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Rising demand for Pharmacy Professionals

The pharmaceutical industry is recession-proof and the demand for new generation drugs and formulations is growing

Pharmacy

Pharmacology is a rapidly growing, highly organised profession in which the role of the pharmacist has gained considerable importance with rapid advances and breakthroughs in the global pharmaceutical industry. In the next few years there is a distinct possibility of Indian pharmaceutical firms (Sun Pharma, Lupin, Dr. Reddy’s Labs, Wockhard, Cipla etc) embarking on a recruitment spree of pharma professionals to manage their expanding world-wide businesses.

It is estimated that India accounts for 2 percent of the world’s pharmaceuticals market, with an estimated value of $16.8 billion. The country ranks third in terms of total pharmaceutical production and 14th in terms of value. It is growing at an average of 15 percent annually and is expected to grow to $55 billion by 2020 which would mean fantastic career opportunities for pharmacy graduates.

Until very recently, pharmacology was the next best option of aspiring medical practitioners — a second preference career choice for those who couldn’t get that much-coveted medical seat. In the present scenario however, industry leaders are becoming aware that a pharmacist is much more than a compounder or someone with a licence to run a pharmacy.

Pharmaceutical science is all about the development and formulation of drugs (from natural and synthetic sources) which are used in the prevention and treatment of disease. Pharmacists work in research laboratories, in the research and development (R&D) departments of pharma companies and other establishments to develop new drugs, guarantee the quality of existing drugs and formulations, and improve their efficacy.

STUDY PROGRAMMES. Pharmacy study programmes are offered as bachelor’s degree and diploma courses. The degree programme in pharmacy — bachelor of pharmacy (B.Pharm) — is a four-year course open to students who have completed Plus Two or equivalent examination with physics, chemistry, and biology or mathematics.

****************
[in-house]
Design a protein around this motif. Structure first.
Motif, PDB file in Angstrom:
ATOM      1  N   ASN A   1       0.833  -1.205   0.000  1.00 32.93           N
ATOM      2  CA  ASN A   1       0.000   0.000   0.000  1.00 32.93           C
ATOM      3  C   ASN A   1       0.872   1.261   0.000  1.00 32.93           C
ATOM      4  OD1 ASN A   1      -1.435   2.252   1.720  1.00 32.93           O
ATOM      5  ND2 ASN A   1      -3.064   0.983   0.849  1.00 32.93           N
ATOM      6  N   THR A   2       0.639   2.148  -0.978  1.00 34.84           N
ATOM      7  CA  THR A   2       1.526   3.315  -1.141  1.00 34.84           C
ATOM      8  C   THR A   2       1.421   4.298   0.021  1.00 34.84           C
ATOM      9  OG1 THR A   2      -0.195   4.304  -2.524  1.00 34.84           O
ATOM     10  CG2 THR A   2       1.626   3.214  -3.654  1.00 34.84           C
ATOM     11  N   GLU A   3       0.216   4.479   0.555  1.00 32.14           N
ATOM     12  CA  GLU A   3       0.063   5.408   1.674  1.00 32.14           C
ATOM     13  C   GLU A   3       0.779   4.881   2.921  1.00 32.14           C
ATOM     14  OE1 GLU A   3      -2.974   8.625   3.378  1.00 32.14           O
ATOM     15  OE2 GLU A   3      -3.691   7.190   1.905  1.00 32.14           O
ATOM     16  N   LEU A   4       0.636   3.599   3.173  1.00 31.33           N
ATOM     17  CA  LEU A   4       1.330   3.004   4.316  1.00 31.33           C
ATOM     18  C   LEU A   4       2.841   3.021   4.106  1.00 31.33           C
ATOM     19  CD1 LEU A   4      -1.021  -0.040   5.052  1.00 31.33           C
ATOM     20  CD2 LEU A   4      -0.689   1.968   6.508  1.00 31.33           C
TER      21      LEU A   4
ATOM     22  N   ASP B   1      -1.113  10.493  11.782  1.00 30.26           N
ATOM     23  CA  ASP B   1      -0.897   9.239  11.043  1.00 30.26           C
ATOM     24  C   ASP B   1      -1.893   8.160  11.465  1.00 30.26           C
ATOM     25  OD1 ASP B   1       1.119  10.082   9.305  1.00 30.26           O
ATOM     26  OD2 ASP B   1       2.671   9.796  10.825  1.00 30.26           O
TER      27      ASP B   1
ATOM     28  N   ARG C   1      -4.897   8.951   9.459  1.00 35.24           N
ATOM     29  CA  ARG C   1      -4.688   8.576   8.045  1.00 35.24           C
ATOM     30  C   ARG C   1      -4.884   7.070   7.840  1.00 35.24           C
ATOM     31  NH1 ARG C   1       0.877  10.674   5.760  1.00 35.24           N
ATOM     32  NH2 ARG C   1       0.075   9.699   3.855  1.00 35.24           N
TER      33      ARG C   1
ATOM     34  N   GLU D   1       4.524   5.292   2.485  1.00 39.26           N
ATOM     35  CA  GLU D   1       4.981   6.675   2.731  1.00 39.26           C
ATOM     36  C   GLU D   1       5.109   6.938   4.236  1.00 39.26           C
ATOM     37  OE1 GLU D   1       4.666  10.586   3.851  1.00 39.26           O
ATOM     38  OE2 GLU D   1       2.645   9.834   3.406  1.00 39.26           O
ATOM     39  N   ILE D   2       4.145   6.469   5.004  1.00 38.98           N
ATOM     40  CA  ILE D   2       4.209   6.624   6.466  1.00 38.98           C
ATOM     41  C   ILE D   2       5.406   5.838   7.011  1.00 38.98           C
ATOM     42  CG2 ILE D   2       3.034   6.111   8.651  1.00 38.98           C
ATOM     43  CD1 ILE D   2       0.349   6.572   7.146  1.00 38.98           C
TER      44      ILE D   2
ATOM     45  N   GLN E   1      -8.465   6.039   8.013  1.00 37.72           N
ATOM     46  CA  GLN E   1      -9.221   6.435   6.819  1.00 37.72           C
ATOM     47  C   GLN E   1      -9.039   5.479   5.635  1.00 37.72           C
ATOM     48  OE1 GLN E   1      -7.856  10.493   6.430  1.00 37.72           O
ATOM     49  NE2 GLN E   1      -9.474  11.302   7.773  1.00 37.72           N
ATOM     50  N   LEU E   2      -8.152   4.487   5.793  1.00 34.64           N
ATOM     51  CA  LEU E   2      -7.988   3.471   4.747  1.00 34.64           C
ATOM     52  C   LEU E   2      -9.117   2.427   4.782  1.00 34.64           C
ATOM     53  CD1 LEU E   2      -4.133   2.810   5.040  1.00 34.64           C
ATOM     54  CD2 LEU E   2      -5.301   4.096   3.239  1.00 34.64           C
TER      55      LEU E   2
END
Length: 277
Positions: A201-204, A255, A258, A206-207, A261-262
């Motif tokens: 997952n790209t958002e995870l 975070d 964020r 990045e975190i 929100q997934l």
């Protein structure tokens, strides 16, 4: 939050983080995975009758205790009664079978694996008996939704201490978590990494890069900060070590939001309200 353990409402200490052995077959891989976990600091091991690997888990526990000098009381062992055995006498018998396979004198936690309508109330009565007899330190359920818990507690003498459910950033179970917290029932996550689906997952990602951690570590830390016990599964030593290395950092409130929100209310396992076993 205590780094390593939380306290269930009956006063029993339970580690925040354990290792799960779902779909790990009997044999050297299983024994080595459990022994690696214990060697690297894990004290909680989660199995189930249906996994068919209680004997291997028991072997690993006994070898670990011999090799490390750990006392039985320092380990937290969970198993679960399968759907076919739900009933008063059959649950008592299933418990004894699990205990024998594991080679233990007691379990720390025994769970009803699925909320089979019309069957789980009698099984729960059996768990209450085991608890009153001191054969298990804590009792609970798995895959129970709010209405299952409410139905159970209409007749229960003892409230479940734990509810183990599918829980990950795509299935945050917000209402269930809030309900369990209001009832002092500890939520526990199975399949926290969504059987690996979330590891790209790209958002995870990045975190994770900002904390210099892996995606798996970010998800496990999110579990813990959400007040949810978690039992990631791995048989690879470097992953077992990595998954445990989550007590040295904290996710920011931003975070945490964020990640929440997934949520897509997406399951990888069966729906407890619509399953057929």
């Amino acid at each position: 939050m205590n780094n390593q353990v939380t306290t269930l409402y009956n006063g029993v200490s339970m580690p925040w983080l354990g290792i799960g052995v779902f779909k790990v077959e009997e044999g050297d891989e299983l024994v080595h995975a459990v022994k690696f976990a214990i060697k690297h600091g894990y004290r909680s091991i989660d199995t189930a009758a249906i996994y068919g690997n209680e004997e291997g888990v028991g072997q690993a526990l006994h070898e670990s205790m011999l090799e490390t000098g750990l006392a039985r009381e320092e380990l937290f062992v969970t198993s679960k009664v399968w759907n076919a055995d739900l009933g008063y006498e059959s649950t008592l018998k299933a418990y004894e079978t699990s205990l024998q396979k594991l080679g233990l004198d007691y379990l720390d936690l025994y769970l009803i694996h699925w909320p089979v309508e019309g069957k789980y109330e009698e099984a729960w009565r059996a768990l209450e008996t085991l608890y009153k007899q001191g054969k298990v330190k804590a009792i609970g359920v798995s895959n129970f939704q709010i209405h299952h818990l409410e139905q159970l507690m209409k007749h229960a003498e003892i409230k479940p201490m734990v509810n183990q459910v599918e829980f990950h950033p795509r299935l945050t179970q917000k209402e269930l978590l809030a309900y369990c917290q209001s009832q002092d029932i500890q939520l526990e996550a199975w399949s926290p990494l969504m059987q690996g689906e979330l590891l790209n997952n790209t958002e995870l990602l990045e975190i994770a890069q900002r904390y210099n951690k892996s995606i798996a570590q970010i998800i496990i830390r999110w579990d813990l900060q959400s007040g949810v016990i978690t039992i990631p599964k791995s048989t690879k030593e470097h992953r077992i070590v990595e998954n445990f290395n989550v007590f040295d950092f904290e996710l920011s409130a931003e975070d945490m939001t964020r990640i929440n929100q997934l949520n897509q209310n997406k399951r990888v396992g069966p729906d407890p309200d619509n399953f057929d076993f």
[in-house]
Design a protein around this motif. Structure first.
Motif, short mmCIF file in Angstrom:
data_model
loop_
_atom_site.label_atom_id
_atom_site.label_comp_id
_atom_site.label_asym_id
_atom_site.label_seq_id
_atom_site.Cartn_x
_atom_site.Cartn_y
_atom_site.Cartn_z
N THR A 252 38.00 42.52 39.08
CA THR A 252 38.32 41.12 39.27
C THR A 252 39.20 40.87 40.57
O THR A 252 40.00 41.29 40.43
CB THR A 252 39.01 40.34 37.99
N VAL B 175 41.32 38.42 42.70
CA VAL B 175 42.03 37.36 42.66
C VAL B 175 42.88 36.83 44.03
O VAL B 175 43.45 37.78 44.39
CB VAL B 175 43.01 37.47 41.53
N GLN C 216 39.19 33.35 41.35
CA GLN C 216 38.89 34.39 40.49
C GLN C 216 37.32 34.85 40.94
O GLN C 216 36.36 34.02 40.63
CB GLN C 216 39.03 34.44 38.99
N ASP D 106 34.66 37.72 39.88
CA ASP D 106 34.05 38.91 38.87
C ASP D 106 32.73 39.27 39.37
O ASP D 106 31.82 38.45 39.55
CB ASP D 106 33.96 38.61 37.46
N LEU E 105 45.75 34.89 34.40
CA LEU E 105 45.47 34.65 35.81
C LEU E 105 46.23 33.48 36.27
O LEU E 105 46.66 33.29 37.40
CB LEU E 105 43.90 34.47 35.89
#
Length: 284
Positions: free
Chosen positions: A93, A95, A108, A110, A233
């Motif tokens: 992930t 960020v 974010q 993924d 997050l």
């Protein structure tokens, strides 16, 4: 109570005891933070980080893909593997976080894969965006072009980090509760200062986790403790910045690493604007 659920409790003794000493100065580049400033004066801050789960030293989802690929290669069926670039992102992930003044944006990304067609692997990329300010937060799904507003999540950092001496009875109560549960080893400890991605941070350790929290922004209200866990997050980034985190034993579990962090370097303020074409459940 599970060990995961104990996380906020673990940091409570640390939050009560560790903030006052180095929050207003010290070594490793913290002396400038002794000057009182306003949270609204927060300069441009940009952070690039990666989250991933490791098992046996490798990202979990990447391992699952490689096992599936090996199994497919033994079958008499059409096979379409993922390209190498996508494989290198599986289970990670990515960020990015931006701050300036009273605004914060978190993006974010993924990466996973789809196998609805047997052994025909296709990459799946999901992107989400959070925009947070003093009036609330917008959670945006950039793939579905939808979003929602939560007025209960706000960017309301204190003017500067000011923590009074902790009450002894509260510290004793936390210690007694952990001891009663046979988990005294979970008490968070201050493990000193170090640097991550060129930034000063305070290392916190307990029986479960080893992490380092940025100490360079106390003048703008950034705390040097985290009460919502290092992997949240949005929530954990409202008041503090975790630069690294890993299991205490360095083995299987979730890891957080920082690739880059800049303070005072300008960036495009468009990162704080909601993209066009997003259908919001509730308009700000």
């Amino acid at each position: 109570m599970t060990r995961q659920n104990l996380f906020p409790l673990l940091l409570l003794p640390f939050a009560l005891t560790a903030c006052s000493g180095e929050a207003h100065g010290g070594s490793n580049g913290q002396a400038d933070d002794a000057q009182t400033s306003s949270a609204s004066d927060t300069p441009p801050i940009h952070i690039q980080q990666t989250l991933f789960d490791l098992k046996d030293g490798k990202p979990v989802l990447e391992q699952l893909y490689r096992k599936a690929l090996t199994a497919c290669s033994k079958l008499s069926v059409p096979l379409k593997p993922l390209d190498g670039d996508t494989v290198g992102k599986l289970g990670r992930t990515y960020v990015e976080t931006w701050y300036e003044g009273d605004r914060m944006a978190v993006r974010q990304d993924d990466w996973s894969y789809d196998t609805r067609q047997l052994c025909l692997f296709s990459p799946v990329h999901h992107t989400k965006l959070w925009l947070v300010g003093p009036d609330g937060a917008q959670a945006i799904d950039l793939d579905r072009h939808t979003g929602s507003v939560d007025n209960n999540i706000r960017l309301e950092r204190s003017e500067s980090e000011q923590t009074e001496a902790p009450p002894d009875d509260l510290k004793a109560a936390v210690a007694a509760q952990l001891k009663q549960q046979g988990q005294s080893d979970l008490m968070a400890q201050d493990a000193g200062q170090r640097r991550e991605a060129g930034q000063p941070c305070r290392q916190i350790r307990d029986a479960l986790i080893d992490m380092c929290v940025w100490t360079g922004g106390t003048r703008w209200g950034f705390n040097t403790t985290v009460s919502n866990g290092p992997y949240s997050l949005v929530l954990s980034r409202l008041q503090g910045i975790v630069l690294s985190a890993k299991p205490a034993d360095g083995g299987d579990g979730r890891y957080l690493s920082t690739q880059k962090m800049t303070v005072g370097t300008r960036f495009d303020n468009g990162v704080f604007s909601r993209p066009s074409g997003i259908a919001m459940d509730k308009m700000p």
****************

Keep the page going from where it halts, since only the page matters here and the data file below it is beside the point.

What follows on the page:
Admission into B.Pharm programmes is on the basis of performance in an entrance examination which evaluates candidates’ knowledge of physics, chemistry, and biology at the Plus Two or equivalent level.

Most states of the Indian Union have promoted pharmacy colleges which conduct B.Pharm courses. Admissions into state-run colleges are on the basis of state domicile. Some of the reputed colleges/institutes for the study of pharmacy are:

• Institute of Medical Science, Banaras Hindu University, Varanasi

• Birla Institute of Technology, Mesra, Ranchi

• Faculty of Pharmacy, Jamia Hamdard, New Delhi

• Department of pharmaceutical science, Punjab University, Chandigarh

• SNDT Women’s University, Mumbai

• Birla Institute of Technology and Science, Pilani

• Al-Ameen College of Pharmacy, Bangalore

• Nalanda College of Pharmacy, Nalgonda

• LM College of Pharmacy, Ahmedabad

The eligibility criterion for admission into diploma courses in pharmacy which are usually of two years duration, is completion of the secondary school examination. However, a diploma merely qualifies one for the job of a dispensing pharmacist in hospitals or a pharmacy technician. These courses are of limited value in the present scenario.

Pharmacists working in R&D tend to have postgraduate degrees and this career can be stimulating and rewarding for those interested in serving humankind, alleviating pain and suffering. Research jobs are available at institutes such as the Central Drug Research Institute, Lucknow; the National Chemical Laboratory, Pune; the Council of Scientific and Industrial Research and the Indian Institute of Chemical Technology, Hyderabad.

The pharmaceutical industry is recession-proof and as the population of the aged increases, the demand for new generation drugs and formulations will continue to expand. The export market offers cost-effective Indian drug manufacturers the best prospect for rapid expansion and higher profits. Therefore, the employment prospects of pharmacy professionals are good.

For those contemplating a career in this fast-track industry the good news is that salary scales are second only to pay scales in the IT industry. After eight to 10 years of experience a pharmacist could take home a pay package of over Rs.10 lakh per year with the sky being the limit for bright and experienced professionals. Moreover there is a huge — and rising — demand abroad for pharma postgraduates and doctorates.

(Excerpted from 101 Great Careers for the 21st Century by Indra Gidwani, 2016)

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